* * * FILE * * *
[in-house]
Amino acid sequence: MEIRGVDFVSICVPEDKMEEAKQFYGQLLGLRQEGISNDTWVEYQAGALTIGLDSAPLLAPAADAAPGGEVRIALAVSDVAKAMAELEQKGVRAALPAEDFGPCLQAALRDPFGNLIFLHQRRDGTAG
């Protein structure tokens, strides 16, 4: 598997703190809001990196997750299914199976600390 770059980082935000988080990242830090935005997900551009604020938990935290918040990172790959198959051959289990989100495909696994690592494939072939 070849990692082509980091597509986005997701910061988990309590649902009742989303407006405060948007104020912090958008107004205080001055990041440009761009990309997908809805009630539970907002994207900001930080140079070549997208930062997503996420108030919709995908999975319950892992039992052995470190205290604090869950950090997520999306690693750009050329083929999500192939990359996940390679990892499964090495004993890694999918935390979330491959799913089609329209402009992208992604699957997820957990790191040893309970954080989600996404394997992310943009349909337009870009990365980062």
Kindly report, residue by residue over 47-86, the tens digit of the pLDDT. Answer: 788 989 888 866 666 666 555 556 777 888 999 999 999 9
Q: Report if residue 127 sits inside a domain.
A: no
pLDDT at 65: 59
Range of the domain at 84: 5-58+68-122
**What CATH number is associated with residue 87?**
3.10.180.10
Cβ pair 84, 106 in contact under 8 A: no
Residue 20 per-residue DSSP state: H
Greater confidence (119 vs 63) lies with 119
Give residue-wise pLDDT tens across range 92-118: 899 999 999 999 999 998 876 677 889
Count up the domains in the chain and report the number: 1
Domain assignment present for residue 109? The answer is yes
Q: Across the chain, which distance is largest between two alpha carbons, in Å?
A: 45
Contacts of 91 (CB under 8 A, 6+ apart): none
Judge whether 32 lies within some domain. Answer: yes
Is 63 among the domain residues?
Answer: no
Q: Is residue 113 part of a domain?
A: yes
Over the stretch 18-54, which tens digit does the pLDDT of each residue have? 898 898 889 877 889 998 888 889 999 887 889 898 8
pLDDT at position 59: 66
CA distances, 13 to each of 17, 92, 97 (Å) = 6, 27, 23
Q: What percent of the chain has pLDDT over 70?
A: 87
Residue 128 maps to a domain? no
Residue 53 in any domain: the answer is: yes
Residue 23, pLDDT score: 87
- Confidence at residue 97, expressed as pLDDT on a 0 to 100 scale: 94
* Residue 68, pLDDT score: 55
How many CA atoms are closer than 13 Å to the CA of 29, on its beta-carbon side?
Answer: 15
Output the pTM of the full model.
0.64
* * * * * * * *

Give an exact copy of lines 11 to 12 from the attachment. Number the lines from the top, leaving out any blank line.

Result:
Cβ pair 84, 106 in contact under 8 A: no
Residue 20 per-residue DSSP state: H